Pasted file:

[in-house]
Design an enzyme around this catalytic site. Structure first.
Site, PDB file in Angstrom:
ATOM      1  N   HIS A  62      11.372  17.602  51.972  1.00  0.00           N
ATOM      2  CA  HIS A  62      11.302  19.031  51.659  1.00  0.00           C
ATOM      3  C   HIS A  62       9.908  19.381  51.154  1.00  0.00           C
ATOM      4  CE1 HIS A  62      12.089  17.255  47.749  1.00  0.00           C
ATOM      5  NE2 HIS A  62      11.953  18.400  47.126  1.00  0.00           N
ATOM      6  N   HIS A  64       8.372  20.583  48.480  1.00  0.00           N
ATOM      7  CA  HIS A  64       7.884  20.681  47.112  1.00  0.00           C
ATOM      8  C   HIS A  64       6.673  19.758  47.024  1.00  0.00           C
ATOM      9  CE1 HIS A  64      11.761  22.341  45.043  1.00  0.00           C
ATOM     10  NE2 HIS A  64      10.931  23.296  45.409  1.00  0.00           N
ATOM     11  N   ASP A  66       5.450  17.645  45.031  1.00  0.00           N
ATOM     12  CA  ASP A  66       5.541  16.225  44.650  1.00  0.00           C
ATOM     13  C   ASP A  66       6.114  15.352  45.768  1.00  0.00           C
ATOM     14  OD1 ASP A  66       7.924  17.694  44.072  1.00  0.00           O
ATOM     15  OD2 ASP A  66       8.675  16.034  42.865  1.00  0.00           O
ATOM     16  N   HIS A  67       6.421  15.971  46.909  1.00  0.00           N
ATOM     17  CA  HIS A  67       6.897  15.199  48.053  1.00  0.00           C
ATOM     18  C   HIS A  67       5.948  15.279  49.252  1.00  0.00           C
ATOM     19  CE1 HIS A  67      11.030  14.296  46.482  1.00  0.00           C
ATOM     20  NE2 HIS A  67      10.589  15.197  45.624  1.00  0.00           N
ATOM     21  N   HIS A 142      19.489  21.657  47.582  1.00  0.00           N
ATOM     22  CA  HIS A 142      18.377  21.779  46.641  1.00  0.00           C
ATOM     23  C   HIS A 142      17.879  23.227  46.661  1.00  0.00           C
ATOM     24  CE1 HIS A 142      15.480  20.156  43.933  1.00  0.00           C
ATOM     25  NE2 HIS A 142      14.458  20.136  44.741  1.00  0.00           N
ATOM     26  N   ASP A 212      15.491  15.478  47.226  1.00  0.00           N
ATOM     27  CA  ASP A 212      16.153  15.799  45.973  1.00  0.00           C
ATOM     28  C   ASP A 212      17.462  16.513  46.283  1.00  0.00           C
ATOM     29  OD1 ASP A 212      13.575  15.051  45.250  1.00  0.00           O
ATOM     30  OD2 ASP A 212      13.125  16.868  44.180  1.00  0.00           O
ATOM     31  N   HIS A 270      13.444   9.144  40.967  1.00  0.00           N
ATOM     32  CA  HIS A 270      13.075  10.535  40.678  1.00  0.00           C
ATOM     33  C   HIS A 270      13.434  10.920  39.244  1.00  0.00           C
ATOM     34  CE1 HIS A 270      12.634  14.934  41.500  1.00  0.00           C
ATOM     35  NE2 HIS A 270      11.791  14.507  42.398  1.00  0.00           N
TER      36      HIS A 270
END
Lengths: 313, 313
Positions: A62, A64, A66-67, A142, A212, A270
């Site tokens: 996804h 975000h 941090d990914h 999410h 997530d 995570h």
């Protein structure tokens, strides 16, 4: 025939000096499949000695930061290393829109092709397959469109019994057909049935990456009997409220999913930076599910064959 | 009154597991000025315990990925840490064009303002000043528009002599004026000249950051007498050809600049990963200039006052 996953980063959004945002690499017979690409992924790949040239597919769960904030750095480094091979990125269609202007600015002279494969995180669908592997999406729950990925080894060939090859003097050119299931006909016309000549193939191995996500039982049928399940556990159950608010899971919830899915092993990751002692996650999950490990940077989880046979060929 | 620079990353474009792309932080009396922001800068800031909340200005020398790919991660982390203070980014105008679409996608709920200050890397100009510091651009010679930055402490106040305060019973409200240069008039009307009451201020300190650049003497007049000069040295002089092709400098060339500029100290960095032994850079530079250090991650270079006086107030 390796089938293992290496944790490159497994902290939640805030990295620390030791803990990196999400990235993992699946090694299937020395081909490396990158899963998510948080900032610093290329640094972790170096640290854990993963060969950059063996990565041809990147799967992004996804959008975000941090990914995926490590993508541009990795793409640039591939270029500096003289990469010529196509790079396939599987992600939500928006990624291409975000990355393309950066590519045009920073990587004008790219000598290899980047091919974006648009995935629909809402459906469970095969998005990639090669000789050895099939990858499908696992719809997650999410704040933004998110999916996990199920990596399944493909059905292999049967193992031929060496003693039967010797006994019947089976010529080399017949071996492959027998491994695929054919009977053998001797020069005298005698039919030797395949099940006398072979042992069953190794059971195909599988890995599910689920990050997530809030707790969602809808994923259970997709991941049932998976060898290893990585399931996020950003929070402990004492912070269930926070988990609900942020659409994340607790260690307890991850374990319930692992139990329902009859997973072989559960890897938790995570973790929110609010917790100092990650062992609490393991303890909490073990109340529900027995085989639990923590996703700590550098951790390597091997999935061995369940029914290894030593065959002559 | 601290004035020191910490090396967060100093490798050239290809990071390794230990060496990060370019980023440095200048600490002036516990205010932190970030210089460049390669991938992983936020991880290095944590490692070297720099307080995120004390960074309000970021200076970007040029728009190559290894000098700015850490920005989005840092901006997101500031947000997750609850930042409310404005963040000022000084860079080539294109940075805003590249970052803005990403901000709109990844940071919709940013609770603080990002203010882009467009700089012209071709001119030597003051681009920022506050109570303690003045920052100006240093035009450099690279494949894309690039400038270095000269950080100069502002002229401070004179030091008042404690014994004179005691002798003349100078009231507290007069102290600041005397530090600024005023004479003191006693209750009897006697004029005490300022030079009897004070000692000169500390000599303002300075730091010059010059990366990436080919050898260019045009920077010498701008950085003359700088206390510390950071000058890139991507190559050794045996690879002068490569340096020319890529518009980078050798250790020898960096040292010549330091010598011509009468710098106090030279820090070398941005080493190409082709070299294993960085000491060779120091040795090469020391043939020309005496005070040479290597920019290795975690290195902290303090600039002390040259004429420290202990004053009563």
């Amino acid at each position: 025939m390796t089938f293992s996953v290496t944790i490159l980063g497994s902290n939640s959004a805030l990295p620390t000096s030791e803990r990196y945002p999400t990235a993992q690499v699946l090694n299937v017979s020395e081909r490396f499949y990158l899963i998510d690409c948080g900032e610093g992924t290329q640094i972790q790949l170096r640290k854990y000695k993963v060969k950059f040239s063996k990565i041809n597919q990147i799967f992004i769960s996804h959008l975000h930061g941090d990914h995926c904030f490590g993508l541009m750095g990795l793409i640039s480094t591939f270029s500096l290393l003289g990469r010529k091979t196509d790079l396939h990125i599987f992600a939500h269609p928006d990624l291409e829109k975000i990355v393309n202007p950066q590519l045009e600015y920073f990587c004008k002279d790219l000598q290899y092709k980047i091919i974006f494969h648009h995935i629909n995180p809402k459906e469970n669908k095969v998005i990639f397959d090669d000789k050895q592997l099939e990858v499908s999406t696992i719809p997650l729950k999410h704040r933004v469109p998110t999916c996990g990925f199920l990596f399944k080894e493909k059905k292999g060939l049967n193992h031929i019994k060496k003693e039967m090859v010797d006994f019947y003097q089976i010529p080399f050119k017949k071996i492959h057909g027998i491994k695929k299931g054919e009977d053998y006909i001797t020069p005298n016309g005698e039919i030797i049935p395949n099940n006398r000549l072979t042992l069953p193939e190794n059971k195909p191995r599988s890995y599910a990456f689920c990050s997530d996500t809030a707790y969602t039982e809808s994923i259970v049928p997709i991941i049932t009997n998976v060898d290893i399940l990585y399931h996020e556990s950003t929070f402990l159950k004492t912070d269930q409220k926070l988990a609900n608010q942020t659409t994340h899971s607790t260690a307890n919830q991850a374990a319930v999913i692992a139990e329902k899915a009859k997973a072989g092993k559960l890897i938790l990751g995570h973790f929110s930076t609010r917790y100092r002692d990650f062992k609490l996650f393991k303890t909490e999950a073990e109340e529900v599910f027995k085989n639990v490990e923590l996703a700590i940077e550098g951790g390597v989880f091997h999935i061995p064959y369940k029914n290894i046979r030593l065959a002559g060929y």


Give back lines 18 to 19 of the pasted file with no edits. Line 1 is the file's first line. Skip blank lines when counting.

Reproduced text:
ATOM     15  OD2 ASP A  66       8.675  16.034  42.865  1.00  0.00           O
ATOM     16  N   HIS A  67       6.421  15.971  46.909  1.00  0.00           N